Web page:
A short walk from King’s Cross, down Gray’s Inn Road to Britannia Street, there’s a gigantic new sculpture by Richard Serra, installed at the Gagosian Gallery until the end of February. It’s a terrific piece of work. Awesome! for once is not just hyperbole. It’s coiled in Gallery 1 waiting to pounce.
Great sheets of rolled steel, their winding walls arranged in interlocking figures like a giant maze, drawing you in. An enclosed, heavyweight response to the turf maze we’d seen in Saffron Walden.
Quick now, here, now, always…
Dense, velvet canyons, heavy and claustrophobic, but also warm and sheltering, their ribbon walls twist and pivot and curve and balance, and with luck they’ll remain upright until you get to the end.
This is sculpture not just as an interesting object to look at but as an engulfing experience. Moving through the construction, you become acutely attuned to sight, touch and sound and to your own being in time and space. Consciousness itself becomes an object of consciousness. Perhaps there’s a quasi-religious dimension, too, if you think of the maze as an ancient participatory ritual object in which the uncertain journey of life is ceremonially enacted and the possibility of spiritual progress is metaphorically expressed.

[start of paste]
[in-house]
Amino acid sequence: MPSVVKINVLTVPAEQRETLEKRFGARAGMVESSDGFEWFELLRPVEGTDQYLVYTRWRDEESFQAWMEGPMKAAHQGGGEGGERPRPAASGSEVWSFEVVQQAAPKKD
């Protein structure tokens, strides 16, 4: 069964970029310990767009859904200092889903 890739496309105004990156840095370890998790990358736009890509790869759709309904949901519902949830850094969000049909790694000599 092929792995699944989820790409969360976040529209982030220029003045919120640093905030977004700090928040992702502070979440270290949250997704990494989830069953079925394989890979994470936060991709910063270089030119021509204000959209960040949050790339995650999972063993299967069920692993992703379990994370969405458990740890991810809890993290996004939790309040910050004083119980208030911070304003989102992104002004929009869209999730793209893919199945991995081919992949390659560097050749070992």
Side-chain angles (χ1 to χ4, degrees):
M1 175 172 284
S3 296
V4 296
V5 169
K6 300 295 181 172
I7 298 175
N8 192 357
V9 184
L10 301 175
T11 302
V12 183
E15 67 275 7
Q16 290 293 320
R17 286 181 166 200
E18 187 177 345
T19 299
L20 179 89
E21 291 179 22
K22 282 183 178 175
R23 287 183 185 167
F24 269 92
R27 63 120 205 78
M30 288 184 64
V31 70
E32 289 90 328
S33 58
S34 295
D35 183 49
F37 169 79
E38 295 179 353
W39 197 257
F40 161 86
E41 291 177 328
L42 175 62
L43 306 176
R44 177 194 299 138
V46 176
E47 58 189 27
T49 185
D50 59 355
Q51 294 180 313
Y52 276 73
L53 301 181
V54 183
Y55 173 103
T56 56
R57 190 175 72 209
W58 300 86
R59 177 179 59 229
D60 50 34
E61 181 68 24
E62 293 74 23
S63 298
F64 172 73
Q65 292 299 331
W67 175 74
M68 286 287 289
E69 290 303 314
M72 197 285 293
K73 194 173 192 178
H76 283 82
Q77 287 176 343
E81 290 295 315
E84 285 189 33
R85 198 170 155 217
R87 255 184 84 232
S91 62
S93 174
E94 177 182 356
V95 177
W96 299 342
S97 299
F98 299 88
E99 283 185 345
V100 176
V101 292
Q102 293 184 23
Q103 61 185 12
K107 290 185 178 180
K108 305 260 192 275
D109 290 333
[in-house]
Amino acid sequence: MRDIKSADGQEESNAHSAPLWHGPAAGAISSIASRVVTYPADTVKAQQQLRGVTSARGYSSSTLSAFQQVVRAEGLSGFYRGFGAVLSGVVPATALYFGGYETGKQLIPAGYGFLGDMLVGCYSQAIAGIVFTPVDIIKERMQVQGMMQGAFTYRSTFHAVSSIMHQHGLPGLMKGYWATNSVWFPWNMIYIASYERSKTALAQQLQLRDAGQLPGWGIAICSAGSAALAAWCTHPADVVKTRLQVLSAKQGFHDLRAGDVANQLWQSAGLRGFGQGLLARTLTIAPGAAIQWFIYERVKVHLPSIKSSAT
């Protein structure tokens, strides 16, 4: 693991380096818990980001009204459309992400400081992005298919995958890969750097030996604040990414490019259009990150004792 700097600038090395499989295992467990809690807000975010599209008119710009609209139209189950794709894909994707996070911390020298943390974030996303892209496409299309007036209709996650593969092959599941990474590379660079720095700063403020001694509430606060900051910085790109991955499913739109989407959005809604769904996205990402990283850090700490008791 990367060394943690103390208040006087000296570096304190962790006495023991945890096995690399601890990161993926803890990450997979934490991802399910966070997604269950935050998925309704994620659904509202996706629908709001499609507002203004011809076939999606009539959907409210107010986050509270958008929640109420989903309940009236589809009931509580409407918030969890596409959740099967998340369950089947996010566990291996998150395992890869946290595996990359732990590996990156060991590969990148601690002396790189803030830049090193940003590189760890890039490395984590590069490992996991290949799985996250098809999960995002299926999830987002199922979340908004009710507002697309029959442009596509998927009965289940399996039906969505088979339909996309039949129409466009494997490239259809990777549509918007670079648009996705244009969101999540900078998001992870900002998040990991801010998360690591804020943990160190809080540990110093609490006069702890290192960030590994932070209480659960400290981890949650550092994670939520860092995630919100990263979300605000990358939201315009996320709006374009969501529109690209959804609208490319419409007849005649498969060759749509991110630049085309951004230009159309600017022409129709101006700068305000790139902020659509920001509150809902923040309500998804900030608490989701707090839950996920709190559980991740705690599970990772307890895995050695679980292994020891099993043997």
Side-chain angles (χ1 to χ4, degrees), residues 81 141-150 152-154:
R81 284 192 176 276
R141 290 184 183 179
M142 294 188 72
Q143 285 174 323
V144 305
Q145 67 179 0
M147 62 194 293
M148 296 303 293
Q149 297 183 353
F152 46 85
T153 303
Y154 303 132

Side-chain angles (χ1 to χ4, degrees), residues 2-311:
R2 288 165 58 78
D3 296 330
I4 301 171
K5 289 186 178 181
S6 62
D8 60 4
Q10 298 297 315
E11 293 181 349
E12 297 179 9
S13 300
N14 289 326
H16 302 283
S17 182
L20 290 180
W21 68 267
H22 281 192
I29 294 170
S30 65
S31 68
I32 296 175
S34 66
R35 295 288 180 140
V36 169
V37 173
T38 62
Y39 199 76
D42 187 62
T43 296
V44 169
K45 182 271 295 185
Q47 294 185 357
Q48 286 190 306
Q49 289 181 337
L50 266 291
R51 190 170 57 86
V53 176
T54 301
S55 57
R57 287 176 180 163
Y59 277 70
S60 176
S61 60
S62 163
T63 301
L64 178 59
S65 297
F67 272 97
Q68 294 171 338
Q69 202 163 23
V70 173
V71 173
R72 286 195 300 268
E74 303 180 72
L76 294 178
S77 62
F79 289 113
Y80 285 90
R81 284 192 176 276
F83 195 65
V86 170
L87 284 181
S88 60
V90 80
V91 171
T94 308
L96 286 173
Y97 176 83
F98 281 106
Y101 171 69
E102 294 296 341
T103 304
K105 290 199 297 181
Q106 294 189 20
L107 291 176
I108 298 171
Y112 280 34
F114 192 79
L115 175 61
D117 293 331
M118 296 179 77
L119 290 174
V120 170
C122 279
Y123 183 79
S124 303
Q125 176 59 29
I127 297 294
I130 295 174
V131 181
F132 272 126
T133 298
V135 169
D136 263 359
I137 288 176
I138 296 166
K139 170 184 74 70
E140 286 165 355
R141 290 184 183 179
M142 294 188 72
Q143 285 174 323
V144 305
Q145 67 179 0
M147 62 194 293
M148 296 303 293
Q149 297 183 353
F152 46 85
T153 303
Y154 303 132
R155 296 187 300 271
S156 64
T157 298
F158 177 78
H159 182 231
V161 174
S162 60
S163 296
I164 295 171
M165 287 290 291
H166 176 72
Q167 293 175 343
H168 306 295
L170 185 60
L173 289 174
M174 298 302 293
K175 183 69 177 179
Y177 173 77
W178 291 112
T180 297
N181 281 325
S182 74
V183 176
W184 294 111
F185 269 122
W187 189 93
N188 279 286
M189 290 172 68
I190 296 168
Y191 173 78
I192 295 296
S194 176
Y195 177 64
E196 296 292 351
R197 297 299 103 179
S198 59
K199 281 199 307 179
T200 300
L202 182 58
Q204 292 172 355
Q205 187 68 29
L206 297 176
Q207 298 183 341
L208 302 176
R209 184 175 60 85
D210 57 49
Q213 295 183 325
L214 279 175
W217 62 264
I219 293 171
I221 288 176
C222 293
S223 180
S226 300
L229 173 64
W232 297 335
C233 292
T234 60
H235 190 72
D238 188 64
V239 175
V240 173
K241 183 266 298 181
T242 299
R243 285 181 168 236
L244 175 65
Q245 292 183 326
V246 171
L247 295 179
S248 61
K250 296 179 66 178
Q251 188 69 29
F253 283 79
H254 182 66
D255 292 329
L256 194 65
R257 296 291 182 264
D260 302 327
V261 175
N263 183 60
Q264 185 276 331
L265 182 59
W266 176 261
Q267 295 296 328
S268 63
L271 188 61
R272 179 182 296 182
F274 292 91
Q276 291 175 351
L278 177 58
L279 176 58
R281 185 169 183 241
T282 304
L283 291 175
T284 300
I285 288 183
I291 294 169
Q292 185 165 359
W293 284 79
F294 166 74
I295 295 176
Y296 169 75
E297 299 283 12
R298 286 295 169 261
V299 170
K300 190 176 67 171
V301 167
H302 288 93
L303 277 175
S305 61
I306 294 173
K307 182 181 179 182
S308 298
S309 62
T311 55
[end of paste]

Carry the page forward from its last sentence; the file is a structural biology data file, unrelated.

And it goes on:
Ken Johnson, in the New York Times about NJ-1.
For an earlier visit to Britannia Street see From Moore To Serra.